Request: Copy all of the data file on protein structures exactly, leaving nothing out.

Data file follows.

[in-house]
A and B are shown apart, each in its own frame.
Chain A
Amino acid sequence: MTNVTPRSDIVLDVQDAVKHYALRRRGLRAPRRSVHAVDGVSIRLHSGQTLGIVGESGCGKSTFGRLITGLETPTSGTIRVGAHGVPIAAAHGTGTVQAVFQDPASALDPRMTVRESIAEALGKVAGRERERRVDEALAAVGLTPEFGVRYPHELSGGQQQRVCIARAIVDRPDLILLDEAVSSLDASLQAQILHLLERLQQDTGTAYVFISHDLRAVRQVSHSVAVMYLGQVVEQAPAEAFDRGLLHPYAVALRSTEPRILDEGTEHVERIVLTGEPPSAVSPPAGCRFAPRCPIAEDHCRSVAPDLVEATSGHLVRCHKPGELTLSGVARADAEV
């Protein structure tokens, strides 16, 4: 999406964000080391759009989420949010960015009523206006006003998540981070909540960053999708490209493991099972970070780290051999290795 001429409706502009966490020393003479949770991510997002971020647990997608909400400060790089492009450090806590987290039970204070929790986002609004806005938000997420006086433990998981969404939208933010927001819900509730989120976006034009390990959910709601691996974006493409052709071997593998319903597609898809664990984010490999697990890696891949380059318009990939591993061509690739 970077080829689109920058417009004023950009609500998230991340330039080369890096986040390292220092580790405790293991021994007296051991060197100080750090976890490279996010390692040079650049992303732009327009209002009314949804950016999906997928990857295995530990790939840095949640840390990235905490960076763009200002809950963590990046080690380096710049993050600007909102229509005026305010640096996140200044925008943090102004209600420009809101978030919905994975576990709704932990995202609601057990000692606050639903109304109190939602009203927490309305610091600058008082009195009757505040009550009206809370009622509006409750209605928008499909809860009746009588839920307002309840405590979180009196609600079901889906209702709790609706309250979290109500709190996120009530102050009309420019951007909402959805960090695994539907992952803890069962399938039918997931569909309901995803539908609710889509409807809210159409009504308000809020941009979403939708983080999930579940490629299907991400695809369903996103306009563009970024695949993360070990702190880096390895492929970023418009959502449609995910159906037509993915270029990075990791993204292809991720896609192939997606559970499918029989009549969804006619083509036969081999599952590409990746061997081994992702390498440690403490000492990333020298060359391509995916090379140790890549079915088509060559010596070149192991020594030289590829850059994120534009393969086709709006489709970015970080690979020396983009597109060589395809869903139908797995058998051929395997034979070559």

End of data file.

[in-house]
A and B are shown apart, each in its own frame.
Chain A
Amino acid sequence: MTNVTPRSDIVLDVQDAVKHYALRRRGLRAPRRSVHAVDGVSIRLHSGQTLGIVGESGCGKSTFGRLITGLETPTSGTIRVGAHGVPIAAAHGTGTVQAVFQDPASALDPRMTVRESIAEALGKVAGRERERRVDEALAAVGLTPEFGVRYPHELSGGQQQRVCIARAIVDRPDLILLDEAVSSLDASLQAQILHLLERLQQDTGTAYVFISHDLRAVRQVSHSVAVMYLGQVVEQAPAEAFDRGLLHPYAVALRSTEPRILDEGTEHVERIVLTGEPPSAVSPPAGCRFAPRCPIAEDHCRSVAPDLVEATSGHLVRCHKPGELTLSGVARADAEV
């Protein structure tokens, strides 16, 4: 999406964000080391759009989420949010960015009523206006006003998540981070909540960053999708490209493991099972970070780290051999290795 001429409706502009966490020393003479949770991510997002971020647990997608909400400060790089492009450090806590987290039970204070929790986002609004806005938000997420006086433990998981969404939208933010927001819900509730989120976006034009390990959910709601691996974006493409052709071997593998319903597609898809664990984010490999697990890696891949380059318009990939591993061509690739 970077080829689109920058417009004023950009609500998230991340330039080369890096986040390292220092580790405790293991021994007296051991060197100080750090976890490279996010390692040079650049992303732009327009209002009314949804950016999906997928990857295995530990790939840095949640840390990235905490960076763009200002809950963590990046080690380096710049993050600007909102229509005026305010640096996140200044925008943090102004209600420009809101978030919905994975576990709704932990995202609601057990000692606050639903109304109190939602009203927490309305610091600058008082009195009757505040009550009206809370009622509006409750209605928008499909809860009746009588839920307002309840405590979180009196609600079901889906209702709790609706309250979290109500709190996120009530102050009309420019951007909402959805960090695994539907992952803890069962399938039918997931569909309901995803539908609710889509409807809210159409009504308000809020941009979403939708983080999930579940490629299907991400695809369903996103306009563009970024695949993360070990702190880096390895492929970023418009959502449609995910159906037509993915270029990075990791993204292809991720896609192939997606559970499918029989009549969804006619083509036969081999599952590409990746061997081994992702390498440690403490000492990333020298060359391509995916090379140790890549079915088509060559010596070149192991020594030289590829850059994120534009393969086709709006489709970015970080690979020396983009597109060589395809869903139908797995058998051929395997034979070559």